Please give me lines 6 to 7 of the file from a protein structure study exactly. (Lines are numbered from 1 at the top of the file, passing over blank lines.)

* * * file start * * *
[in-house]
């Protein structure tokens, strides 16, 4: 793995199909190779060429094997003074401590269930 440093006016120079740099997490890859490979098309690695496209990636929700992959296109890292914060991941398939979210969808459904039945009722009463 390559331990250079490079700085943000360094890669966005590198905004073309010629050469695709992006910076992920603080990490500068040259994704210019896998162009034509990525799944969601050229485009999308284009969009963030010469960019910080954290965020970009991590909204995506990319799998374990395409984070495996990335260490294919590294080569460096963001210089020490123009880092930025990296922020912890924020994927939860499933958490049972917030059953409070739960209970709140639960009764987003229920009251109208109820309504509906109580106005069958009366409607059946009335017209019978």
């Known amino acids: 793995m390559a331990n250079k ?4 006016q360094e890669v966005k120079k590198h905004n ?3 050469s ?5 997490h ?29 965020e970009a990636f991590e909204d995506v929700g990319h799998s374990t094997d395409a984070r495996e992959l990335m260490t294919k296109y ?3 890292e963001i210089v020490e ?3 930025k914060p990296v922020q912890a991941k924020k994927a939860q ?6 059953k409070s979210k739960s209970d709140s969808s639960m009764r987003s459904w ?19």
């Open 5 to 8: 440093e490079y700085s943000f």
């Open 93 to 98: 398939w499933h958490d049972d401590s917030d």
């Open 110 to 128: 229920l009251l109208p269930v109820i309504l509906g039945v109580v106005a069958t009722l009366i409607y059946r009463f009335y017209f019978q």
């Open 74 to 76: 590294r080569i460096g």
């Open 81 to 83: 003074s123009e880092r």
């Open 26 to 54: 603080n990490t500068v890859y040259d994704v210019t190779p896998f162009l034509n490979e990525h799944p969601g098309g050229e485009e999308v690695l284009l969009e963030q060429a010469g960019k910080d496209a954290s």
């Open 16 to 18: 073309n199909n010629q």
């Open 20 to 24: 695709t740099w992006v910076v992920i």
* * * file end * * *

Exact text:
């Open 110 to 128: 229920l009251l109208p269930v109820i309504l509906g039945v109580v106005a069958t009722l009366i409607y059946r009463f009335y017209f019978q």
């Open 74 to 76: 590294r080569i460096g």